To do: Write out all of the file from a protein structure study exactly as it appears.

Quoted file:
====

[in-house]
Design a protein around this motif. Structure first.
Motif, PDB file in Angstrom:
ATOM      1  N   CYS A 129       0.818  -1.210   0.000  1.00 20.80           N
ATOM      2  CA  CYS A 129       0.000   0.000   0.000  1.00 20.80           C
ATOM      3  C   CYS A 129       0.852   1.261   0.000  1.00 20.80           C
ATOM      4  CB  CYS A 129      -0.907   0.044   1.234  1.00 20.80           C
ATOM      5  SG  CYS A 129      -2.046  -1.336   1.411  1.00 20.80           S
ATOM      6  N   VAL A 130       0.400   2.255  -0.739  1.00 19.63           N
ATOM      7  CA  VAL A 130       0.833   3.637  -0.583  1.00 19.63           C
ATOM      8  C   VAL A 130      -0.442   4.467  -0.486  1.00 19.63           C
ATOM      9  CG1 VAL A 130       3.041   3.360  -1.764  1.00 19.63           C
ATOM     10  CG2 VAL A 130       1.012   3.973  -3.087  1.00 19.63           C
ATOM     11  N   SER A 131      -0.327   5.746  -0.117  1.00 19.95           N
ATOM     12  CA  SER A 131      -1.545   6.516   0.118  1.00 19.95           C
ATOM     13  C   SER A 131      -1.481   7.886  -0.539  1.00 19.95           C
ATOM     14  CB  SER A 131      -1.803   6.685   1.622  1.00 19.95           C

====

[in-house]
Design a protein around this motif. Structure first.
Motif, PDB file in Angstrom:
ATOM      1  N   CYS A 129       0.818  -1.210   0.000  1.00 20.80           N
ATOM      2  CA  CYS A 129       0.000   0.000   0.000  1.00 20.80           C
ATOM      3  C   CYS A 129       0.852   1.261   0.000  1.00 20.80           C
ATOM      4  CB  CYS A 129      -0.907   0.044   1.234  1.00 20.80           C
ATOM      5  SG  CYS A 129      -2.046  -1.336   1.411  1.00 20.80           S
ATOM      6  N   VAL A 130       0.400   2.255  -0.739  1.00 19.63           N
ATOM      7  CA  VAL A 130       0.833   3.637  -0.583  1.00 19.63           C
ATOM      8  C   VAL A 130      -0.442   4.467  -0.486  1.00 19.63           C
ATOM      9  CG1 VAL A 130       3.041   3.360  -1.764  1.00 19.63           C
ATOM     10  CG2 VAL A 130       1.012   3.973  -3.087  1.00 19.63           C
ATOM     11  N   SER A 131      -0.327   5.746  -0.117  1.00 19.95           N
ATOM     12  CA  SER A 131      -1.545   6.516   0.118  1.00 19.95           C
ATOM     13  C   SER A 131      -1.481   7.886  -0.539  1.00 19.95           C
ATOM     14  CB  SER A 131      -1.803   6.685   1.622  1.00 19.95           C